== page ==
Viable transportation, sustainable housing and affordable food supply are the core essentials to attaining a future functioning economy for Millenials. Lowering costs of transport, housing and food security are Globalization’s legacy impacts. Failure to meet the needs of our future leaders in any one of these fundamental areas have adverse impacts across the globe for earth legacy.

Building de-carbonized transport pipelines on electrons for people beyond 6% is TSLA strategy. Moving electrons instead of energy density weighted fuel enables distributed energy, production and disaggregation of petroleum fossil fuel industries. It’s to provide mere mortals the means of energy production, distribution and to participate in its profits. Going forward TSLA can enable further disruption to cost constraints to extend reach to buy transport itself beyond 6% by other means.

Robotaxi, I see as just one means to reducing cost of ownership and pathway to individual BEV affordability. IF TSLA cannot reduce its retail, it can increase the ability of its products to do work. Solar panels, powerwalls and BEV all come together to form an economical means to affordability, pathway to sustainability and viable economic alternative to wealth creation. Robotaxi enables powerwall, provides a means to solar array begets a private BEV.

Your assertion remains that the outright buy below the $40k USD average awaits technological breakthrough not yet envisioned. Can Robotaxi drop BEV avg. retail price? Powerwall offsets? Solar disounts?

Globalisation insures 1% remain the wealth class, 6% upper class. Tesla’s thereafter are sales constrained into a class of martgage loan buyers. Will Bankers create a million mile loan? That’s where Millennials are headed if housing and food security are trumped by lower wages.
 

HaulingAss

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Your assertion remains that the outright buy below the $40k USD average awaits technological breakthrough not yet envisioned. Can Robotaxi drop BEV avg. retail price? Powerwall offsets? Solar disounts?
Not asserting that at all. I was simply refuting the notion that $40K is too high for the average new car buyer to afford.

EV prices will naturally continue to decline with volume of production and constant improvements in the production processes of batteries and vehicles. The car industry was stuck in a rut. Tesla is showing them they need to be lean and mean if they want a chance at being able to compete.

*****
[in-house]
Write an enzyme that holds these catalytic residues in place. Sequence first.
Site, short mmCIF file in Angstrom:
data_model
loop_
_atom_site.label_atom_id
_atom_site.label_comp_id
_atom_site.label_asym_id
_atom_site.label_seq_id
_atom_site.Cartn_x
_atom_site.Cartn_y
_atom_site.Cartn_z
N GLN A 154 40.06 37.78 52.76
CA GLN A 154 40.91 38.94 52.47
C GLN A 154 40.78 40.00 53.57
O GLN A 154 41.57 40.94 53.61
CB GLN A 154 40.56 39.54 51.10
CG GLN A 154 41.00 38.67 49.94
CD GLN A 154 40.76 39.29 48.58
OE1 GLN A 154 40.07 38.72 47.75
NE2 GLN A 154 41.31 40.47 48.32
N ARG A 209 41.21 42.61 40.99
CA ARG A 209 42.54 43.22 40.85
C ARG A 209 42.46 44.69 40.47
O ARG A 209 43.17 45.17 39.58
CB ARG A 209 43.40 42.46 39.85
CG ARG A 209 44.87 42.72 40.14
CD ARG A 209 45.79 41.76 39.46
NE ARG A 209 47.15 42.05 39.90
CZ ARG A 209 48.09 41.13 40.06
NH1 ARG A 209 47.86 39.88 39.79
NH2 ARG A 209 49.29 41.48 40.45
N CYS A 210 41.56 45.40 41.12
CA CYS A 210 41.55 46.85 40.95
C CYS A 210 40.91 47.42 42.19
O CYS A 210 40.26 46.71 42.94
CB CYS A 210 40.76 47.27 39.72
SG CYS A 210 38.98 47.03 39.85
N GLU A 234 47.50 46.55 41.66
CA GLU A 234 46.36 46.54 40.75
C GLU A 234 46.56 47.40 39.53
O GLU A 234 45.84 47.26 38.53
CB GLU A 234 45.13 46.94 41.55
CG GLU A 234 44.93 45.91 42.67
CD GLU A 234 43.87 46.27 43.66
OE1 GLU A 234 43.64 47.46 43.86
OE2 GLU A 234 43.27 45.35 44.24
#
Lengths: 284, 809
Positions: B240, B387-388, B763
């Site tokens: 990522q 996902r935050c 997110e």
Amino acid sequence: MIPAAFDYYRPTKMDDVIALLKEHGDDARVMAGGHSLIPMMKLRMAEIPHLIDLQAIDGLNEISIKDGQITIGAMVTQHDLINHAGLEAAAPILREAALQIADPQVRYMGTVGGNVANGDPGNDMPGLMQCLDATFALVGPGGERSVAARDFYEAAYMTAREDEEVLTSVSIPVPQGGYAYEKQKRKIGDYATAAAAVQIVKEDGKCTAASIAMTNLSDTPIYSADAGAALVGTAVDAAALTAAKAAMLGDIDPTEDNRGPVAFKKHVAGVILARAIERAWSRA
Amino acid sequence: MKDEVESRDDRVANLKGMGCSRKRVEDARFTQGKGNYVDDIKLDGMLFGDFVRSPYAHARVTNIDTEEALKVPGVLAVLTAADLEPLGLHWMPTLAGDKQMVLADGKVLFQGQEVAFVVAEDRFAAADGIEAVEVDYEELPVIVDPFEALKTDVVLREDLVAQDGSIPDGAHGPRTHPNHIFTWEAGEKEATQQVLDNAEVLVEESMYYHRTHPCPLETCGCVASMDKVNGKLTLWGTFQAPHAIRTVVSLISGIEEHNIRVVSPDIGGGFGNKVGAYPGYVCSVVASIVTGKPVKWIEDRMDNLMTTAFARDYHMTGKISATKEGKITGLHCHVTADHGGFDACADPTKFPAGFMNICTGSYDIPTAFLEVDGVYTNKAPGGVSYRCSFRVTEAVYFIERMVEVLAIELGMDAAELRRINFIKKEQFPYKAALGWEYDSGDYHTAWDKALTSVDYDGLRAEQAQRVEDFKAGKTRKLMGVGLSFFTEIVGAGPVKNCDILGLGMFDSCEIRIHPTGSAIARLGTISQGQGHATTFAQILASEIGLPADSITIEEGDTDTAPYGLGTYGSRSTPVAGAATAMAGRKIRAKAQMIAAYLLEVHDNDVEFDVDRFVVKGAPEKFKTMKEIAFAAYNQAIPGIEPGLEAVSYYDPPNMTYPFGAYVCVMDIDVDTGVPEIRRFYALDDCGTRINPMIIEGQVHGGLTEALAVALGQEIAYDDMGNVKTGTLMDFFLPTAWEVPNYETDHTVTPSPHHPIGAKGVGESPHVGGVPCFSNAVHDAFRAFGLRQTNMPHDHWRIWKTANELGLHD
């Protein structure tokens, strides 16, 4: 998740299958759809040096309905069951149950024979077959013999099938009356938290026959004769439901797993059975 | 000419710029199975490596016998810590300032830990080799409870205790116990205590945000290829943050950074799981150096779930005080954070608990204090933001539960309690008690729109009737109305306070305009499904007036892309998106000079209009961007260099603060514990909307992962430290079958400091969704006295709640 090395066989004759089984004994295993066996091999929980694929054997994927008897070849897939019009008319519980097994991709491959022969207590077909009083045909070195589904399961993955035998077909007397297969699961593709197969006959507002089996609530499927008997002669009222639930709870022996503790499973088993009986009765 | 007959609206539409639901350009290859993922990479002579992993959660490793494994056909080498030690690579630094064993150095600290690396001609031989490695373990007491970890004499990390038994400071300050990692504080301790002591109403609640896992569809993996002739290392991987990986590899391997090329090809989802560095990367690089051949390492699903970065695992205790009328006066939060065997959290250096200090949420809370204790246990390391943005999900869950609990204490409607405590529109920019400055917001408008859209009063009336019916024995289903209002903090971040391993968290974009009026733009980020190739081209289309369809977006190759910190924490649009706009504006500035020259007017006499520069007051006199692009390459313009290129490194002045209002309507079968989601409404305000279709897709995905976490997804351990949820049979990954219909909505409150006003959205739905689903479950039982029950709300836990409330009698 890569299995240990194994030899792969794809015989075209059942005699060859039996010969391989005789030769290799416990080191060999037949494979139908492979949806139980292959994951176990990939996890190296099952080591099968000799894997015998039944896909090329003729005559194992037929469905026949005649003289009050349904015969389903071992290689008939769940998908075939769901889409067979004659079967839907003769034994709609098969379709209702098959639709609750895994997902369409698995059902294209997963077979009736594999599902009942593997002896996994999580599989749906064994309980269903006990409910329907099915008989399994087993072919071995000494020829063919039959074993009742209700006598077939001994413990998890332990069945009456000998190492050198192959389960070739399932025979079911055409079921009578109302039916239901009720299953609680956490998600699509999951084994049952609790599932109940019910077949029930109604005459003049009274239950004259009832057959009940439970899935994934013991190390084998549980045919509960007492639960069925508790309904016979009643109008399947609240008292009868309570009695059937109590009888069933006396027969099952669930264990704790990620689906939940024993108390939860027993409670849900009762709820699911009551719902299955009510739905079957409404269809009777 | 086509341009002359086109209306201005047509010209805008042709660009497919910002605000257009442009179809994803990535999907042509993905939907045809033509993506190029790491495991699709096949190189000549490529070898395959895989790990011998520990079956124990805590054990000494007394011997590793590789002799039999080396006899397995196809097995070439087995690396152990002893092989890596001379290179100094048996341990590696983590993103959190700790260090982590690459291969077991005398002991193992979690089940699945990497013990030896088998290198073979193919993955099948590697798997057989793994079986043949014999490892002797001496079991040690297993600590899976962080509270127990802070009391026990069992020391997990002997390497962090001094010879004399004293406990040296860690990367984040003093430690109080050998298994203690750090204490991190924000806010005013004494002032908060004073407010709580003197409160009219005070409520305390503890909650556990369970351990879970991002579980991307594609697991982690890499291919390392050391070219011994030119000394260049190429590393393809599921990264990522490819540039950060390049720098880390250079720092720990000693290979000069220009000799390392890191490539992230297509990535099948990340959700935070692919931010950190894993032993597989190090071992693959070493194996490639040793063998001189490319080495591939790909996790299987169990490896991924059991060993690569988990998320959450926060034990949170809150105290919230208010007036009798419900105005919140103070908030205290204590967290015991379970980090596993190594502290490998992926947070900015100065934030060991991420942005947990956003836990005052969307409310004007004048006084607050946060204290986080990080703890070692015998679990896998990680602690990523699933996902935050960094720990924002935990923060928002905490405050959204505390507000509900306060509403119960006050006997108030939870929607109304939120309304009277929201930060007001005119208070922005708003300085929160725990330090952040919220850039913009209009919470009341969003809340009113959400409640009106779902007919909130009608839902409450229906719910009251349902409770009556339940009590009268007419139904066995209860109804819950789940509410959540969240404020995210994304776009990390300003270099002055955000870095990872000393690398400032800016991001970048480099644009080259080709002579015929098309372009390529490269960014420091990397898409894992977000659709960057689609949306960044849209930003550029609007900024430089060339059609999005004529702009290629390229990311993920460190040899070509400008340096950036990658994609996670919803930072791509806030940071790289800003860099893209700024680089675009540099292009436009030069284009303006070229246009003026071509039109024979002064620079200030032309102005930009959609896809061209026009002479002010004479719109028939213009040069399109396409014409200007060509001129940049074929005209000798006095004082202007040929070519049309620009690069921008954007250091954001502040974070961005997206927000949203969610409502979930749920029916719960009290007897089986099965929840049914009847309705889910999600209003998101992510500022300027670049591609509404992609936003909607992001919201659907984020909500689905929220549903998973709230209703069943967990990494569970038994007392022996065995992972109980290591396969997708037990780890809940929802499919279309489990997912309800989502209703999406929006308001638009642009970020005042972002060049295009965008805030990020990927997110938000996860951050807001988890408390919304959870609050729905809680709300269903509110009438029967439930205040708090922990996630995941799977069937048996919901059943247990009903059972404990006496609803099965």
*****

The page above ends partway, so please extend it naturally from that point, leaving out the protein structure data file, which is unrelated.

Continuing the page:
EVCanuck

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Well, they can only take the cost of the tortilla, but not the full price of the taco. So the rest sits in the bank and the SEC eyes it suspiciously so they don't treat it like a piggybank.

-Crissa
That's not how any of this works, either from a sale of a car, FSD or Tesla Tequila, Tesla manages its cash and not SEC. Tesla can spend FSD or any cash available as they please. Now if Tesla were to include those amounts as revenue/net income on their financial statements without actually delivering to the clients, then SEC would be all over them.
 

Crissa

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That's not how any of this works, either from a sale of a car, FSD or Tesla Tequila, Tesla manages its cash and not SEC.
I didn't say otherwise.

Tesla can spend FSD or any cash available as they please. Now if Tesla were to include those amounts as revenue/net income on their financial statements without actually delivering to the clients, then SEC would be all over them.
That is what I said. So it sits in a bank account and the SEC eyes how much they grab out. Cash is fungible, so there isn't a specific physical pile, but there is an entry on their savings.

-Crissa
 

EVCanuck

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I didn't say otherwise.


That is what I said. So it sits in a bank account and the SEC eyes how much they grab out. Cash is fungible, so there isn't a specific physical pile, but there is an entry on their savings.

-Crissa
That's what you actually said "Tesla cannot actually access the FSD monies until they release features" - I am saying yes they can. If by saying money you don't mean cash and cash equivalents, I don't know what you mean.

You're still wrong saying that SEC eyes Tesla's bank account - it doesn't
 

Crissa

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That's what you actually said "Tesla cannot actually access the FSD monies until they release features" - I am saying...
They can't. It would bring criminal investigations.

There's no reason to quibble between can't steal and won't steal. They cannot do this if they want to remain a company.

-Crissa
 

Newton

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dont they make up what costs what, so they can just say the recent features cost x amount of millions to roll out?

i dont even remember why this was brought up
 

Crissa

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dont they make up what costs what, so they can just say the recent features cost x amount of millions to roll out?

i dont even remember why this was brought up
Well, yes. But they have to hedge their numbers, lest a court says no, you haven't put out 90% of the features so you can't have 90% of the monies.

-Crissa